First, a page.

1. dane said:


    I am a non-Roman Catholic follower of Jesus. Someone had posted this article on Facebook and I read it with interest. It is a subject matter that I have given careful consideration. Although I have reached my conclusions on the topic, I am always interested in what others believe. I certainly respect the opinions and thoughts of those with whom I disagree on the topic.

    That being said I was fairly amazed with the thought process behind the issue in this article. It seems the author was struggling to know whether the elements of the Eucharist became the real presence of Christ or if they simply represented them.

    The author first mentioned that he was deeply affected by his sister’s deeply held conviction in the topic. Then, the author was profoundly affected by the report of an eight century miracle. Reportedly, after offering words of consecration, a monk saw the elements miraculously change into flesh and blood. The author went on to say that scientific tests would later confirm that the flesh was real flesh and the blood was real blood. The author concluded that the testimony of this and other miracles “are great affirmations of the truth of Christianity.”

    What struck me was that this article appeared on a website called, “Reasonable Catholic.” I didn’t investigate the complete website but I had the sense that it was an apologetic-styled web site; one that appealed to the intellect with reasonable responses to challenges. This was odd because this article had nothing to do with any “reasonable” process. Rather, the author was first impressed with his sister’s conviction and then he decided that a reported miracle had only one conclusion.

    The problems are obvious to the critical thinker. First, a person’s conviction might be admirable. But, a person might be wrongly convicted. For example, most ISIS fighter are likely deeply convicted in their faith. Does that make it right? Of course not. Conviction does not mean truth. We would be wrong to assume something is true by looking at another person’s deep conviction.

    Secondly, for the sake of argument, let’s say that the elements in the 8th century miracle truly became flesh and blood. How would anyone know what the meaning of that miracle was? Why should it be assumed that the miracle meant the elements were the real body and blood of Christ? What if God was trying to say that they were obviously not the real presence of Christ by making them become something they were not? Someone could easily take that position, yes? And, why should we even assume that the miracle was from God? 2 Thess. 2:9 warns us that Satan can duplicate lying miracles. How do we know that this wasn’t Satan? We know that God sometimes tests our faith by allowing false prophets and miracles (Deut. 13:1-3). Perhaps this was a false miracle? The critical thinker will consider that possibility.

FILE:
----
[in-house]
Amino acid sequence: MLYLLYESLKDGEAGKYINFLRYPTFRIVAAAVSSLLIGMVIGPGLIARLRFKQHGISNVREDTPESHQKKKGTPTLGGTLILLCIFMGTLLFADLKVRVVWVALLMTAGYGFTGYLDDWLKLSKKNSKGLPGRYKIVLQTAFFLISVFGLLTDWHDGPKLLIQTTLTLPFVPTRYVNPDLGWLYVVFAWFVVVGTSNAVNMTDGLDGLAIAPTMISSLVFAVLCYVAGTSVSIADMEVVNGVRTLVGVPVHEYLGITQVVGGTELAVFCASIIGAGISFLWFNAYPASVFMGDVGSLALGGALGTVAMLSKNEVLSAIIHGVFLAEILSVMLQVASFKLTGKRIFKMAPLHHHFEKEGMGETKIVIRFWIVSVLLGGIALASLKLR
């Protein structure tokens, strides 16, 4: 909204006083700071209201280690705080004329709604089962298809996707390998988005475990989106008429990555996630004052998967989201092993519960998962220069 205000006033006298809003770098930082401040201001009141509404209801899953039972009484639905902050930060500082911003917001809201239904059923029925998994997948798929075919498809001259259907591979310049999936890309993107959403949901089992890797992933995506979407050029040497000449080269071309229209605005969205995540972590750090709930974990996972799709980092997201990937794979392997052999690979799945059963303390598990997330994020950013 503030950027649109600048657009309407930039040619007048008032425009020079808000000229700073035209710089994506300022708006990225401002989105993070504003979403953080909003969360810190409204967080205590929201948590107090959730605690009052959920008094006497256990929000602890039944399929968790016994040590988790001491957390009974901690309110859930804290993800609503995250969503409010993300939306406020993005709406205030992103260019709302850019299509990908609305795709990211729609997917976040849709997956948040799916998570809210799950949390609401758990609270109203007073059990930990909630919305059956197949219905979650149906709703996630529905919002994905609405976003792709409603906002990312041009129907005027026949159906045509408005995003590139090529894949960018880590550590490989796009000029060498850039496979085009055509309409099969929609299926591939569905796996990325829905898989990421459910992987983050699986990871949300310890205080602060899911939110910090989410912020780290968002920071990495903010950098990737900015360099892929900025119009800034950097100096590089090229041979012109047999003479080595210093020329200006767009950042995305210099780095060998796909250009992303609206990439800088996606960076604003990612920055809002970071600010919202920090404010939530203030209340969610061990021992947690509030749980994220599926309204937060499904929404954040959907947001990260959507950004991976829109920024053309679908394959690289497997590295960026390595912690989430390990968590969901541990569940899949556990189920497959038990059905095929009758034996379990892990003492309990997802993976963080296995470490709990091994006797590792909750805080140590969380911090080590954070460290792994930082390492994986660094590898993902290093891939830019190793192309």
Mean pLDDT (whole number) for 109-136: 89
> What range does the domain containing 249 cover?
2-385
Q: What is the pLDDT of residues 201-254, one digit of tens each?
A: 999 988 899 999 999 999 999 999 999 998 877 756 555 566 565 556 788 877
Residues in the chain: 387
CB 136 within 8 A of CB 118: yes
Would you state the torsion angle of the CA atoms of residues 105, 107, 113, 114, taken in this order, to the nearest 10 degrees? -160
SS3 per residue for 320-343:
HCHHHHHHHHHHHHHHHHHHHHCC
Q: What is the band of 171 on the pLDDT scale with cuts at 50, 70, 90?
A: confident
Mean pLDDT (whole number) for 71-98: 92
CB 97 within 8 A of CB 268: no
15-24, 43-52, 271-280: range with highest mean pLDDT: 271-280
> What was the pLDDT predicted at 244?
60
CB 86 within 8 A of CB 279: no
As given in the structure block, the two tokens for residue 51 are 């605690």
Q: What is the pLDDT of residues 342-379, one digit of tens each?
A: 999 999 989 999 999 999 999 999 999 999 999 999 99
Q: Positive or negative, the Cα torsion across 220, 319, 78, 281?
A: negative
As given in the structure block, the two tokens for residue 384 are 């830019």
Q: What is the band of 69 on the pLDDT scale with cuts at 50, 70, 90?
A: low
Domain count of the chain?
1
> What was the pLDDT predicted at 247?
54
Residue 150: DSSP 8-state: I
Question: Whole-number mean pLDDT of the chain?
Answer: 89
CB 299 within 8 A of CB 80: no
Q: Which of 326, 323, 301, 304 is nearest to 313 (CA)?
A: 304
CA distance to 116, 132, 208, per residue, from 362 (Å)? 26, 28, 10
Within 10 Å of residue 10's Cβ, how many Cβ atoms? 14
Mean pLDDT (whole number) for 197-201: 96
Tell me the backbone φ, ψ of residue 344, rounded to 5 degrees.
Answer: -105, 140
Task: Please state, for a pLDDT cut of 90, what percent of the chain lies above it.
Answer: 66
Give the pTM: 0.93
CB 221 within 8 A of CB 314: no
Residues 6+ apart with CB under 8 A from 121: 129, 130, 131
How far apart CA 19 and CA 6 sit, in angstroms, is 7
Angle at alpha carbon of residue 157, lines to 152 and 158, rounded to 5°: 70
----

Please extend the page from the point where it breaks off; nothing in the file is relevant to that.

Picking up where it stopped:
Unless the author of the article reached his conclusions by relying on other methods (namely Biblical), then he has proven only that his faith in the real presence of Christ in Holy Communion is unreasonable. My understanding of Christian theology demands a deeper, more reasonable approach.

    August 11, 2015
    • Matt Nelson said:

      Hi Dane, thank you for your comments. First, nowhere in the article do I contend that this miracle alone was or is sufficient reason to believe in the Real Presence. Second, it is merely one blog post – but one seed planted early in my conversion process that opened my mind to further evidence. It is not meant to be a complete defense of the Eucharist by any means. If you want a more substantial defense of the Eucharist, here is another article I wrote. As a critical thinker with an open mind, I’m sure you will find a more reasonable case for the Eucharist here: http://www.reasonablecatholic.com/the-eucharist-and-what-jesus-meant-by-is/

      Thanks again!

      August 11, 2015
      • dane said:

        Hey Matt!

        Thanks for the quick reply. I was relieved to learn that you hadn’t reached your present conclusions on the items mentioned in the above article. I had suspected the same, but wasn’t sure. I read the article that you directed me to and you are correct; I found it much more critical in its approach and far better in presenting a reasonable case for your conclusions.

        I once wrote a blog involving the same issue. I engaged with some of the same evidence in which you did, but reached a different conclusion. You can find mine at: http://www.featheredprop.com/is-jesus-literally-present-in-the-eucharist/



        August 11, 2015
    • Lee said:

      For those without faith no proof is sufficient. For those with faith none is necessary. The church founded by Jesus declares the truth of the Eucharist. That’s good enough for me.

      September 7, 2016
  2. Sam Kylaws said:

    Would you happen to have access to an original and legally-obtained copy of the article written by Prof. Odoardo Linoli in 1971 titled “Ricerche Istologiche, Immunologiche e Biochimiche Sulla Carne e Sul Sangue del Miracolo Eucaristico di Lanciano”? And would you also have access to his follow-up article of 1981? If so, where did you obtain it/them? Thanks for your kind attention.

    February 2, 2016
  3. Sam Kylaws said:

    Thanks anyway, Matt..

    February 6, 2016

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